UPDATE 4:40 p.m: This story was updated with a statement from Margo Anderson’s attorney.

LYNN HAVEN, Fla. (WMBB) — Judge Mark Walker ruled Tuesday that most of the counts against the former mayor of Lynn Haven and a local business leader will stand and the corruption case will go to trial.

Although it has been postponed multiple times in the past, the trial for Margo Anderson, the former mayor, and James Finch, the owner of Phoenix Construction, is currently set for June 27. 

Six others including former City Manager Mike White and former City Attorney Adam Albritton have already pleaded guilty in the case and are awaiting sentencing. A seventh defendant, former City Commissioner Antonious Barnes, pleaded guilty in a separate case but is now prepared to testify that Finch bribed him. 

Finch and Anderson’s attorneys sought to have the entire case thrown out with prejudice. 

In an April 27 motion, Anderson and Finch accused prosecutors, witnesses, and investigators of violating the law and the judge’s orders during the investigation and the run-up to the trial. Prosecutors responded on May 17 in a 216-page document that is still sealed from the public.

Regardless, Walker does not mention the various accusations against law enforcement, prosecutors or other individuals in the case. 

Walker threw out Count 1, a conspiracy charge that tied Finch and Anderson to five conspiracies involving city work before and after Hurricane Michael. 

Walker labeled those conspiracies as 

  • 17th Street:   Finch allegedly bribed Anderson and City Commissioner Antonious Barnes to support his projects with the City of Lynn Haven. In addition, Finch obtained one of those projects, the 17th street project, through a bid-rigging agreement with other companies.
  • ECS: Erosion Control Specialists (ECS) allegedly bribed City Manager Michael White, Anderson, and City Attorney Adam Albritton and received hurricane cleanup and trash pickup contracts in return. ECS also submitted false invoices and, when those invoices were paid, allegedly paid kickbacks to Albritton.
  • Debris Disposal: Unbeknownst to the City, a company that employed Albritton directed city contractors to use that company’s property to dispose of debris. After a meeting with Anderson, Finch, White, and the owner of the other company, Anderson directed two other companies to dispose of debris at one of Finch’s properties. Anderson also allegedly vetoed White’s plan to designate city-owned property as a disposal site and secured state government support for a plan to use Finch’s site. At the same time, Anderson allegedly accepted things of value from Finch.
  • WorldClaim: WorldClaim, a public adjusting firm, approached a contract engineer with the city for help in getting a city contract for hurricane claims. Worldclaim offered the engineer a percentage of whatever they recovered. The engineer, in turn, approached Anderson and White, offering free services from WorldClaim. Anderson and White signed an agreement with WorldClaim using Anderson’s post-hurricane emergency powers. WorldClaim, in turn, allegedly provided them free or reduced services.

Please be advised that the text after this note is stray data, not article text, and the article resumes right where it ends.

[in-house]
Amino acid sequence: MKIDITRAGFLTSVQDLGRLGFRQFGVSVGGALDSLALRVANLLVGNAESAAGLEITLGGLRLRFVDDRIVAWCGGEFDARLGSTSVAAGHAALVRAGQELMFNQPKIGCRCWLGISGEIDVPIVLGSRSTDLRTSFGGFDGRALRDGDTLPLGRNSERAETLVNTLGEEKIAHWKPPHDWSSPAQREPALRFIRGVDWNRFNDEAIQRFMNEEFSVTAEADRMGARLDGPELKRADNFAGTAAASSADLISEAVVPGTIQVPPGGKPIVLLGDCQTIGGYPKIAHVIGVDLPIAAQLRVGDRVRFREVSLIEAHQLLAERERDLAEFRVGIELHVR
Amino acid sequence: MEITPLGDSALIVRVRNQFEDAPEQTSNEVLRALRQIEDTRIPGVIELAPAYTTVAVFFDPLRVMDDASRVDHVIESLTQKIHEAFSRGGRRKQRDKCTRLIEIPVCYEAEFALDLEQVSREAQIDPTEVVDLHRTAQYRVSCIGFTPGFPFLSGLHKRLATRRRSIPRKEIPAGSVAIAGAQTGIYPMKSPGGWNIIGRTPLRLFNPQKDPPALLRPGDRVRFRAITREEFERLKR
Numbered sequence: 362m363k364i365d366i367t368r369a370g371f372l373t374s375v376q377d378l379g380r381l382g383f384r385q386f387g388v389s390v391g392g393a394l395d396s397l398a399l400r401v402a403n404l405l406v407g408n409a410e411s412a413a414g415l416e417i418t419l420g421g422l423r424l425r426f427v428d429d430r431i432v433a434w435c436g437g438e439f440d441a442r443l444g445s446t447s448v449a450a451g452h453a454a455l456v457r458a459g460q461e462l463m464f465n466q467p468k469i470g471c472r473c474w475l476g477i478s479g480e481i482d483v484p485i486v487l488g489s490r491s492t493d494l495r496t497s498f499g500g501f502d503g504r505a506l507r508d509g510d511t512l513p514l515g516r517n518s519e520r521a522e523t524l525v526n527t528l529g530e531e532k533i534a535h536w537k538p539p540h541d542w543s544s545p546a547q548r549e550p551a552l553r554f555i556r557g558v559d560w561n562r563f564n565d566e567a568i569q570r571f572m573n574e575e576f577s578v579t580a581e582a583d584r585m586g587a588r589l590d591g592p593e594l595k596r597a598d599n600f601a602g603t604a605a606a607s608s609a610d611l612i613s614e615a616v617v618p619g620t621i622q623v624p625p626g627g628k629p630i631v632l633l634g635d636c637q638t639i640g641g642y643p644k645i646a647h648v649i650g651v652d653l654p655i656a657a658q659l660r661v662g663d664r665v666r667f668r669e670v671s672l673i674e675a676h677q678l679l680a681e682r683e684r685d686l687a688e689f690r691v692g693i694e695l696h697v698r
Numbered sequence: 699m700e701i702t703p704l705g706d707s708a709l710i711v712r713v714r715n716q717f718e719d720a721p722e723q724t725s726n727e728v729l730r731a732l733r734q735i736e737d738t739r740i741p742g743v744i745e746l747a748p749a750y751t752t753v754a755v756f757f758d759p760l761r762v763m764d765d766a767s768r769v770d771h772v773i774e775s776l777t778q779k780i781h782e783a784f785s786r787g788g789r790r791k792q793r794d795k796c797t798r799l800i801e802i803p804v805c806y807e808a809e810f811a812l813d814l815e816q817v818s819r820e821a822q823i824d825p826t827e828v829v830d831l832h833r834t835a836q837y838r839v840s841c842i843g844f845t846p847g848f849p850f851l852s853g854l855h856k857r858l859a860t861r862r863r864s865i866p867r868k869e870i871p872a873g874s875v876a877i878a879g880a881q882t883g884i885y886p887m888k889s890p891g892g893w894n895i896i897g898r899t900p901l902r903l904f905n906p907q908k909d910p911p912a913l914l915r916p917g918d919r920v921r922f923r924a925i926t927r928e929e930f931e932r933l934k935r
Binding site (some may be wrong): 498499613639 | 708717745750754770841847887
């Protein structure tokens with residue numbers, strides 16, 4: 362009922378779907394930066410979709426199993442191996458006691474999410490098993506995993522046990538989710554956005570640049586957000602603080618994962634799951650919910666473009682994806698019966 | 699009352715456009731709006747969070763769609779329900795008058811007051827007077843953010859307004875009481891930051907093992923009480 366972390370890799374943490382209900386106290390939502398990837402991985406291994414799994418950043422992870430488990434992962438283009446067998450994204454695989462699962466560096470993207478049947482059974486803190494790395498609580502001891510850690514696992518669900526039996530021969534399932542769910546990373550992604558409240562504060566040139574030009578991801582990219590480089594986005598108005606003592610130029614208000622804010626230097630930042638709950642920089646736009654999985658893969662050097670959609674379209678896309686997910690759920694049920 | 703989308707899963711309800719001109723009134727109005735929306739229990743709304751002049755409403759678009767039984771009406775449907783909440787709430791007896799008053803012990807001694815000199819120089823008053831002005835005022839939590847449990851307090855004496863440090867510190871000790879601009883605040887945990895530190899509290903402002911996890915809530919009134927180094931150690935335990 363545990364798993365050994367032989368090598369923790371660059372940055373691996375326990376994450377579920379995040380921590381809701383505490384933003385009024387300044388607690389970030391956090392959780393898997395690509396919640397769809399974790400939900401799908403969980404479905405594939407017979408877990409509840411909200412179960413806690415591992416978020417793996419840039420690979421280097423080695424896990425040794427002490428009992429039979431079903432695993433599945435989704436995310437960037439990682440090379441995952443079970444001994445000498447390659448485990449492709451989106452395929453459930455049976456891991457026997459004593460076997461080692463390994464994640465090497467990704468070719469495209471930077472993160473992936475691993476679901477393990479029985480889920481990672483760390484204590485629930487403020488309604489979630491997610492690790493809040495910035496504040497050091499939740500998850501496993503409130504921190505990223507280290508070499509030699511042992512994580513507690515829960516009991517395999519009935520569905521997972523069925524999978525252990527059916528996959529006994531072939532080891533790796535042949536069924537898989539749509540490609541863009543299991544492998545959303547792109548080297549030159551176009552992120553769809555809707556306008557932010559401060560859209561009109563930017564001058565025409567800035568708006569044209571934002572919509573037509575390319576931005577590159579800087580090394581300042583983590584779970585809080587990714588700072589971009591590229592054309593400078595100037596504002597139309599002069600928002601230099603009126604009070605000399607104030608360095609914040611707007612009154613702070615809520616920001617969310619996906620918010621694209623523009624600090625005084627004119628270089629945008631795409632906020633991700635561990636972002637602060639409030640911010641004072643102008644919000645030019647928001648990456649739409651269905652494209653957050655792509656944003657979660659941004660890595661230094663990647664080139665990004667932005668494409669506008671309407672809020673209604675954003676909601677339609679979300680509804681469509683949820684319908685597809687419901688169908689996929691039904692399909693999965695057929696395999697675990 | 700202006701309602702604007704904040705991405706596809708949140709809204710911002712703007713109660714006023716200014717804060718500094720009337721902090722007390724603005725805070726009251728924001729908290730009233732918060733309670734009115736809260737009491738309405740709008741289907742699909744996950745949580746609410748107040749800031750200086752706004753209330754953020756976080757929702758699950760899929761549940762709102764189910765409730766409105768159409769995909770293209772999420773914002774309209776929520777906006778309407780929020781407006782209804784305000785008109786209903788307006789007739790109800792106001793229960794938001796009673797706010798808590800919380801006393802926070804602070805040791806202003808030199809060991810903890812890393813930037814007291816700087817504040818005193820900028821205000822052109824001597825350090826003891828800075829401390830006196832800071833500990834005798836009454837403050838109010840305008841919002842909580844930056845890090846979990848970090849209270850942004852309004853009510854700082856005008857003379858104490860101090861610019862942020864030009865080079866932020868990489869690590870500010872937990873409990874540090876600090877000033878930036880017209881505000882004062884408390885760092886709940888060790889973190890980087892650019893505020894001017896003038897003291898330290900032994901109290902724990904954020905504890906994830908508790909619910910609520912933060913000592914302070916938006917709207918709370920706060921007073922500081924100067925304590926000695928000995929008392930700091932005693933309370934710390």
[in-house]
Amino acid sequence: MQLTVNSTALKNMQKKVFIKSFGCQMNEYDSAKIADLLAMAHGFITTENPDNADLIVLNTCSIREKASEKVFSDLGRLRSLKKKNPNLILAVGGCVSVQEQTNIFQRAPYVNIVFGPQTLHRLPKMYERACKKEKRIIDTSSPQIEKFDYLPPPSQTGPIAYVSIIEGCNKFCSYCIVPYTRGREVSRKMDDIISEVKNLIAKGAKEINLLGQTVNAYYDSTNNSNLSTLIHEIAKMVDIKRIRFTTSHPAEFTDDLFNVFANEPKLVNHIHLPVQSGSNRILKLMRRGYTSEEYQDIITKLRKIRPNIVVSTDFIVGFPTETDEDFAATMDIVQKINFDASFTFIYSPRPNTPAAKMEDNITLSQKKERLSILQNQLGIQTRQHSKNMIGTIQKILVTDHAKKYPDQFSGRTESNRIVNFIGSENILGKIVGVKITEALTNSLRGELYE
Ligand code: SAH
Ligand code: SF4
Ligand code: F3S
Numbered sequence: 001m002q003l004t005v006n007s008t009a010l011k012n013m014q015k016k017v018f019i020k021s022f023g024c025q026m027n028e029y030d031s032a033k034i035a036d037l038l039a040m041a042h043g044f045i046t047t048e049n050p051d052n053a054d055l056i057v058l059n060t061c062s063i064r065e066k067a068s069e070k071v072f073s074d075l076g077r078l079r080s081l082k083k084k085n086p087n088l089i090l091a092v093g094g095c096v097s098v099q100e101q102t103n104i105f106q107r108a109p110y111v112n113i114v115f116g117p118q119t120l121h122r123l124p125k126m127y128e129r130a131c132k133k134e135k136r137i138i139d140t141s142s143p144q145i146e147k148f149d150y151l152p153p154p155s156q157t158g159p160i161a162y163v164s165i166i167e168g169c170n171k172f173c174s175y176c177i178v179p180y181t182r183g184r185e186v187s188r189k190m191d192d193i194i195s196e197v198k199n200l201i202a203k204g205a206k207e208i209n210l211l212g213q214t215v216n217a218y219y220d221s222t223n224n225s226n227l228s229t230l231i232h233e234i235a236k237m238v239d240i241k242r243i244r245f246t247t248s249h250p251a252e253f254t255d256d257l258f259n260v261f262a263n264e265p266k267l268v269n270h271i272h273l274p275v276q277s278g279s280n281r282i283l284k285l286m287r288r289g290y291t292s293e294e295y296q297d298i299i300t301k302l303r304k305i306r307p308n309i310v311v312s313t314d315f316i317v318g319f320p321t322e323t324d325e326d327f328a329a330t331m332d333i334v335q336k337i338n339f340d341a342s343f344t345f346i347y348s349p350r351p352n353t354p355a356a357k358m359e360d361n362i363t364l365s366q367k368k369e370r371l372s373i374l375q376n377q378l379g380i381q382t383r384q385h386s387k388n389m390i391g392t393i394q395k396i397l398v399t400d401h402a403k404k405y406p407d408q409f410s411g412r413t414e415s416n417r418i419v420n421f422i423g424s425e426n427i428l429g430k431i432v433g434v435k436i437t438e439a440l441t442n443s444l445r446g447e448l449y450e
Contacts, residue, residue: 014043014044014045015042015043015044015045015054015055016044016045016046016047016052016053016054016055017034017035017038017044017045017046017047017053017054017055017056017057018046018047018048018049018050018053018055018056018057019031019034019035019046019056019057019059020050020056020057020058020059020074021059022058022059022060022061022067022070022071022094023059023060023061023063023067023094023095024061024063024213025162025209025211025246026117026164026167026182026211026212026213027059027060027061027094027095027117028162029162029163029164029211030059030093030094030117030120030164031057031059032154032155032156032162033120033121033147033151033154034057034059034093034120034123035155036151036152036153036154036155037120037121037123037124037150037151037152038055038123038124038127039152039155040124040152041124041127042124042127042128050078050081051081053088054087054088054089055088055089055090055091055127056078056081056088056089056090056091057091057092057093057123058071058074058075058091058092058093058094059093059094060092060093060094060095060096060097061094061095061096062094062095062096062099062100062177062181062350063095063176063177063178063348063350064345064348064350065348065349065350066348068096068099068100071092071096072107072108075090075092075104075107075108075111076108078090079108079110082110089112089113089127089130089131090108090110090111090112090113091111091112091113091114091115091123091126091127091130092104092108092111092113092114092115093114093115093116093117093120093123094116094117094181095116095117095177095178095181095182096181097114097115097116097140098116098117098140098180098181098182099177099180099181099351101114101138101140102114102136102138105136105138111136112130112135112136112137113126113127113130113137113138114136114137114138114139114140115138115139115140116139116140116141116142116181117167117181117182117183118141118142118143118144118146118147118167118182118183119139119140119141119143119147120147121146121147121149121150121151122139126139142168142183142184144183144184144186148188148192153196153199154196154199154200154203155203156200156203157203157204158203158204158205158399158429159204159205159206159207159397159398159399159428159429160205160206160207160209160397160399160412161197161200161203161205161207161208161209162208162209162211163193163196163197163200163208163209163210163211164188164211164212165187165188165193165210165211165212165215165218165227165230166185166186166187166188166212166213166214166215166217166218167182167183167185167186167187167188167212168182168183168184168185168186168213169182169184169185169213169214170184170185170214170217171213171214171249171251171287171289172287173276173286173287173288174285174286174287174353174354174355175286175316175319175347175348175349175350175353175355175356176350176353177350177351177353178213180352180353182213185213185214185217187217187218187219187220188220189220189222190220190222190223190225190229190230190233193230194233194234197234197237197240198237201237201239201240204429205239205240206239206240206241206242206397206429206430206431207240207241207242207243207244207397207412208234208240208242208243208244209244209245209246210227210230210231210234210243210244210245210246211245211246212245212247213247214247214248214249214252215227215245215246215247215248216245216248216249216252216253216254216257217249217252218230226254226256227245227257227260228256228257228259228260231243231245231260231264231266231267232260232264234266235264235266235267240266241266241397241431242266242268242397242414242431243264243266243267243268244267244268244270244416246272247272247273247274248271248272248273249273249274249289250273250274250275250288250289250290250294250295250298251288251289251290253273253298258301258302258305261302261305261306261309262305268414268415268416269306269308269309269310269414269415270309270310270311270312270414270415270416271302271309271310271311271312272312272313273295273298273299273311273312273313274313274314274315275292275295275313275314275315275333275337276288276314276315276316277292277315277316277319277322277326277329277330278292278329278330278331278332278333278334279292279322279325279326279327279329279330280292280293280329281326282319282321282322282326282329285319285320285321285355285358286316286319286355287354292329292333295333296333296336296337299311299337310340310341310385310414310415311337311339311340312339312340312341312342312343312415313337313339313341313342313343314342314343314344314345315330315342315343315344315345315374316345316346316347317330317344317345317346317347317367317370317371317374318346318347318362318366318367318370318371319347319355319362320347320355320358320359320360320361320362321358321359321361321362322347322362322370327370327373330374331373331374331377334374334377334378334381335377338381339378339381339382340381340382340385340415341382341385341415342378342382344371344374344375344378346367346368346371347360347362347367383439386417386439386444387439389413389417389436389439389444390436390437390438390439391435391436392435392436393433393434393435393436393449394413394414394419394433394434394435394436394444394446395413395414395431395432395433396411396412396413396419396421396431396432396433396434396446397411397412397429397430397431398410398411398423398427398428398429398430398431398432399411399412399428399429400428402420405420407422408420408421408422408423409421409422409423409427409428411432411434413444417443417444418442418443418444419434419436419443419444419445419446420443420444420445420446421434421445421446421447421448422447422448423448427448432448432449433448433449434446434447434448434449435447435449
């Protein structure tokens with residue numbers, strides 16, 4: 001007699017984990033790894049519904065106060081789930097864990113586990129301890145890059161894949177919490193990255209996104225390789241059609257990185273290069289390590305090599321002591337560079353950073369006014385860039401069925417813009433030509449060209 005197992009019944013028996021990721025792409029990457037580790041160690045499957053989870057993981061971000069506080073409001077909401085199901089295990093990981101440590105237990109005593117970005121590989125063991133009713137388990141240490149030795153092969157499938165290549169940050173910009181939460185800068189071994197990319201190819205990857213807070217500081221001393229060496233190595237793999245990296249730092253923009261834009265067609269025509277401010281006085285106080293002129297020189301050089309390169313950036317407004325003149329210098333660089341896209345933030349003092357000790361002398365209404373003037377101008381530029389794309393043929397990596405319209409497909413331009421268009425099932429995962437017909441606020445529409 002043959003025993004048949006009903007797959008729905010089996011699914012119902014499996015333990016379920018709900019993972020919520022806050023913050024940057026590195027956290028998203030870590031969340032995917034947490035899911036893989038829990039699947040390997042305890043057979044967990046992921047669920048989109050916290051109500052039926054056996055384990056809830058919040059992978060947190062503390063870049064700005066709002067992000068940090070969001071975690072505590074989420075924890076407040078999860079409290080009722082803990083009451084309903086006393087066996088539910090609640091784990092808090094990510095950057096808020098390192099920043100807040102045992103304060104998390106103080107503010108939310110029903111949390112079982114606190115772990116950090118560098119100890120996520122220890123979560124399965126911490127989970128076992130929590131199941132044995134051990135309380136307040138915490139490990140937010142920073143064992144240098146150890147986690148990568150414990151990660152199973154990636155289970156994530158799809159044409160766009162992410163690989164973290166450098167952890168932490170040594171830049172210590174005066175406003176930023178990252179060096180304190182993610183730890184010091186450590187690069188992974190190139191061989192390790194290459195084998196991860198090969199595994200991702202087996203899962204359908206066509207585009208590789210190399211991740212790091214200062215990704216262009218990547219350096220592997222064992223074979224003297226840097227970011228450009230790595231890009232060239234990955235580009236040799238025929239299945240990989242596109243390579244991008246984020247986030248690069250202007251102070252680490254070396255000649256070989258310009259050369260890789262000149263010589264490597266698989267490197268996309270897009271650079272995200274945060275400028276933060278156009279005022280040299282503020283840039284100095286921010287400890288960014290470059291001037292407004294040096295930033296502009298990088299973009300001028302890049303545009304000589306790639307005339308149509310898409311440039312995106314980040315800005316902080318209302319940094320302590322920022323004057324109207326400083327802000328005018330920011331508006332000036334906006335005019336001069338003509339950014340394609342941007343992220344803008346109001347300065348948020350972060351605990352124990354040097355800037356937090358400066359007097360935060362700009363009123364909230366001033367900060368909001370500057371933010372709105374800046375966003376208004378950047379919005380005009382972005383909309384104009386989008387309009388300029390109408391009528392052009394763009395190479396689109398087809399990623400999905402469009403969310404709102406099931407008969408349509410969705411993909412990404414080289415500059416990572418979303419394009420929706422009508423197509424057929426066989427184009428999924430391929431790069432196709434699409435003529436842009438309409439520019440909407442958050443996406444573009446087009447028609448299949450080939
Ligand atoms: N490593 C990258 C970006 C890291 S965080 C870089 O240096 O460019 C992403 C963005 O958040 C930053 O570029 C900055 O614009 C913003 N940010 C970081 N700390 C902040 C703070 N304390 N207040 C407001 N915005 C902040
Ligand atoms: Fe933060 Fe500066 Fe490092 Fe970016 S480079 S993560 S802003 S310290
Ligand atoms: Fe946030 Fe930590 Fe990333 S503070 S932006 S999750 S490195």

• Rebuild: After Hurricane Michael, the City had to rebuild many of its facilities. Finch allegedly bribed Anderson for inside information and to exert pressure on city officials to aid Finch in obtaining the rebuild project at a significantly higher cost than the City would pay through its already-planned rebuild project. 

Collectively, 25 counts against Finch and Anderson involving bribery and fraud remain. Walker did not dismiss Count 1 with prejudice which means prosecutors could, once again, get an indictment on this charge.

“An indictment’s primary purpose is to “inform the defendant of the nature of the accusation against him.” Russell v. United States, 369 U.S. 749, 767 (1962),” Walker wrote. “While the vast majority of counts fulfill that purpose, Count 1 again fails to do so. And so this Court must again dismiss it.” 

A statement was posted by Anderson on News 13’s Facebook page Tuesday afternoon. The statement, which is from her attorney, W. Robert Vezina, III, says Anderson is ready to defend herself.

On Monday, the court granted the motions of Margo Anderson and James Finch to dismiss the conspiracy count of the second superseding indictment. That count charged both Anderson and Finch with conspiracy to commit honest services wire fraud.

This is the second time the Court has dismissed the conspiracy count as being infirm. In September of last year, the conspiracy count in the first superseding indictment was dismissed. In Monday’s order the Court said that ‘Count 1 falls short because it leaves the charged conspiracy’s scope ambiguous, combining an open-ended list of matters within the conspiracy with dozens of paragraphs of allegations unrelated to the matters specifically enumerated on the list. Thus, Count 1 does not fairly inform Defendants of the charges against which they must defend.’

As was the case in 2021, the dismissal is without prejudice so the government could decide to seek a third superseding indictment from a grand jury. The court has granted (at least in part) four motions to dismiss in this case. If the government decides to move forward with a revamped indictment against Ms. Anderson that is cognizable, Ms. Anderson is prepared to defend herself in every regard at trial.